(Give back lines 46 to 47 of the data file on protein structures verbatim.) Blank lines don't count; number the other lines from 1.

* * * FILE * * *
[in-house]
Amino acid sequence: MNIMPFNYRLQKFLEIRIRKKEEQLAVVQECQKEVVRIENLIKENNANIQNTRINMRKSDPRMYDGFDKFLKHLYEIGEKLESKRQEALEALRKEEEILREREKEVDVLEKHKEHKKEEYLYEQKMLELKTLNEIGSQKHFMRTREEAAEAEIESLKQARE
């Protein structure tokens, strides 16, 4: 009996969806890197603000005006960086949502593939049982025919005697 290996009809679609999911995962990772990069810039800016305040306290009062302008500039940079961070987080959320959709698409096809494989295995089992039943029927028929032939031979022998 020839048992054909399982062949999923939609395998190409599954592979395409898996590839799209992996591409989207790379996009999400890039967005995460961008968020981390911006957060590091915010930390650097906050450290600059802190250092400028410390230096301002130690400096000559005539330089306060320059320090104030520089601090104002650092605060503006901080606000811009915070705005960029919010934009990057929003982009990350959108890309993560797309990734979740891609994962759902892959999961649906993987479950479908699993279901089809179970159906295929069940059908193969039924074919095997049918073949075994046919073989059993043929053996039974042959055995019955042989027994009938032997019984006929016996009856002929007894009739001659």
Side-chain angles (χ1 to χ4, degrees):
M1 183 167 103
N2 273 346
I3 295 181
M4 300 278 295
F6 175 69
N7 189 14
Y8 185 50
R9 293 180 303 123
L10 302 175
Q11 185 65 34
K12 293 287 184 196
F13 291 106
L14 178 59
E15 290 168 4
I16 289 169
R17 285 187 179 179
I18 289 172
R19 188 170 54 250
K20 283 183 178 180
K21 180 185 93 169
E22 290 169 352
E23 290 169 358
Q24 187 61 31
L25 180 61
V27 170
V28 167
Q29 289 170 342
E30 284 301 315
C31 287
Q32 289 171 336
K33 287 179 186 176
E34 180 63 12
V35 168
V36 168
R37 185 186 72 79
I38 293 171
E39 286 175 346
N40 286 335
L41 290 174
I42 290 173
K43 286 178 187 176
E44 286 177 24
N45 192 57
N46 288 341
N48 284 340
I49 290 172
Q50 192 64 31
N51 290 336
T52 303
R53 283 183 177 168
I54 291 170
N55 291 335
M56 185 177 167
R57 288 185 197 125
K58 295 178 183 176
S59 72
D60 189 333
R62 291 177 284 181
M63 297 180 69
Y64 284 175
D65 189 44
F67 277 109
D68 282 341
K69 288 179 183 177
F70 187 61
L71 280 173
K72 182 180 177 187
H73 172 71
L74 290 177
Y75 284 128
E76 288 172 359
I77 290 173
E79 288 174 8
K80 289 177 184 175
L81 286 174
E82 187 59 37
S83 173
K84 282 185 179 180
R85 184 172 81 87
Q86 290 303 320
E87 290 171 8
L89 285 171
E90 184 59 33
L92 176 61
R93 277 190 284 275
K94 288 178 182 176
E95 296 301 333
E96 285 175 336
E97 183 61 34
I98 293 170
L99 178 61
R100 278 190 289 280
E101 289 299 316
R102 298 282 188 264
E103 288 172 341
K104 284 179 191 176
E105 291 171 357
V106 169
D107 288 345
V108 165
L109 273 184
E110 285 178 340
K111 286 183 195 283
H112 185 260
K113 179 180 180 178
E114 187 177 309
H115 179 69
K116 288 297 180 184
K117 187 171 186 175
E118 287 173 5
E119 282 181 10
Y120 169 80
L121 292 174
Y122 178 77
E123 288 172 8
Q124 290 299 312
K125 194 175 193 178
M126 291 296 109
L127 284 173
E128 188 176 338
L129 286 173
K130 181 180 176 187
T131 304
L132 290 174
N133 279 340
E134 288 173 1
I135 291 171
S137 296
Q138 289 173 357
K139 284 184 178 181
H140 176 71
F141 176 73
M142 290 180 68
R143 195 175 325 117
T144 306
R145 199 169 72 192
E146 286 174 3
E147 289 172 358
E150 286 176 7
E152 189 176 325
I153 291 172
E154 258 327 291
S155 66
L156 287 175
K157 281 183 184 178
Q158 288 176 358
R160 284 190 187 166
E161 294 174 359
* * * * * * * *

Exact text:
E44 286 177 24
N45 192 57